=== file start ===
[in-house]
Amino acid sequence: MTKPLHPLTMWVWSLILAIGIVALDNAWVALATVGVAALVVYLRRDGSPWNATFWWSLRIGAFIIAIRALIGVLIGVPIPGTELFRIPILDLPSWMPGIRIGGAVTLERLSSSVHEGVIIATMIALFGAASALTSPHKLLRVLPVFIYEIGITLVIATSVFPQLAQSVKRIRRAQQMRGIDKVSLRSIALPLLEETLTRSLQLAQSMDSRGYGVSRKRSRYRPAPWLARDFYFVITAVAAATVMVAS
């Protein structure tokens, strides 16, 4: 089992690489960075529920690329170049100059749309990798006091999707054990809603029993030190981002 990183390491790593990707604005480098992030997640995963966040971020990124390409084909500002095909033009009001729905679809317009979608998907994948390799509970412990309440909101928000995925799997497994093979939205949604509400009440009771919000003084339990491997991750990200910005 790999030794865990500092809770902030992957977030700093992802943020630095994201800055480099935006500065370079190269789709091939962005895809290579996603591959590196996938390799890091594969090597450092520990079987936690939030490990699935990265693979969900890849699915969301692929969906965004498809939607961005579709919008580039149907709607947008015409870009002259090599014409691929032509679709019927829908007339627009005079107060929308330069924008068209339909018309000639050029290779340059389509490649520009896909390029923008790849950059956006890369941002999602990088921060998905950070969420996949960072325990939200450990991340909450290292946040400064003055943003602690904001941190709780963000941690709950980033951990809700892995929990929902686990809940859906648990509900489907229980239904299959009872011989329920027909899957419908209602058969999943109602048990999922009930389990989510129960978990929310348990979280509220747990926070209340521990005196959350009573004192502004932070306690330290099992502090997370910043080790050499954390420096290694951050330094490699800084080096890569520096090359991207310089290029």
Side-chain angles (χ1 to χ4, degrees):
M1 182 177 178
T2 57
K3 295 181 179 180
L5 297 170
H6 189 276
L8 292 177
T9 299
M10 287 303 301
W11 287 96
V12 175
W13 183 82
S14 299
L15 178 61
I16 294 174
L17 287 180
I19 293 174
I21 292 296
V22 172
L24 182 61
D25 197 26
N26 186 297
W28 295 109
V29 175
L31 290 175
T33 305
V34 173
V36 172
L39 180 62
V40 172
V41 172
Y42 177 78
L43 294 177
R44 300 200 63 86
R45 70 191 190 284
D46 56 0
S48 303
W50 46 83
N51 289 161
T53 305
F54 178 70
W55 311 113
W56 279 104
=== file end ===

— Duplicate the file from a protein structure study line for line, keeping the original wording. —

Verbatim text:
[in-house]
Amino acid sequence: MTKPLHPLTMWVWSLILAIGIVALDNAWVALATVGVAALVVYLRRDGSPWNATFWWSLRIGAFIIAIRALIGVLIGVPIPGTELFRIPILDLPSWMPGIRIGGAVTLERLSSSVHEGVIIATMIALFGAASALTSPHKLLRVLPVFIYEIGITLVIATSVFPQLAQSVKRIRRAQQMRGIDKVSLRSIALPLLEETLTRSLQLAQSMDSRGYGVSRKRSRYRPAPWLARDFYFVITAVAAATVMVAS
């Protein structure tokens, strides 16, 4: 089992690489960075529920690329170049100059749309990798006091999707054990809603029993030190981002 990183390491790593990707604005480098992030997640995963966040971020990124390409084909500002095909033009009001729905679809317009979608998907994948390799509970412990309440909101928000995925799997497994093979939205949604509400009440009771919000003084339990491997991750990200910005 790999030794865990500092809770902030992957977030700093992802943020630095994201800055480099935006500065370079190269789709091939962005895809290579996603591959590196996938390799890091594969090597450092520990079987936690939030490990699935990265693979969900890849699915969301692929969906965004498809939607961005579709919008580039149907709607947008015409870009002259090599014409691929032509679709019927829908007339627009005079107060929308330069924008068209339909018309000639050029290779340059389509490649520009896909390029923008790849950059956006890369941002999602990088921060998905950070969420996949960072325990939200450990991340909450290292946040400064003055943003602690904001941190709780963000941690709950980033951990809700892995929990929902686990809940859906648990509900489907229980239904299959009872011989329920027909899957419908209602058969999943109602048990999922009930389990989510129960978990929310348990979280509220747990926070209340521990005196959350009573004192502004932070306690330290099992502090997370910043080790050499954390420096290694951050330094490699800084080096890569520096090359991207310089290029």
Side-chain angles (χ1 to χ4, degrees):
M1 182 177 178
T2 57
K3 295 181 179 180
L5 297 170
H6 189 276
L8 292 177
T9 299
M10 287 303 301
W11 287 96
V12 175
W13 183 82
S14 299
L15 178 61
I16 294 174
L17 287 180
I19 293 174
I21 292 296
V22 172
L24 182 61
D25 197 26
N26 186 297
W28 295 109
V29 175
L31 290 175
T33 305
V34 173
V36 172
L39 180 62
V40 172
V41 172
Y42 177 78
L43 294 177
R44 300 200 63 86
R45 70 191 190 284
D46 56 0
S48 303
W50 46 83
N51 289 161
T53 305
F54 178 70
W55 311 113
W56 279 104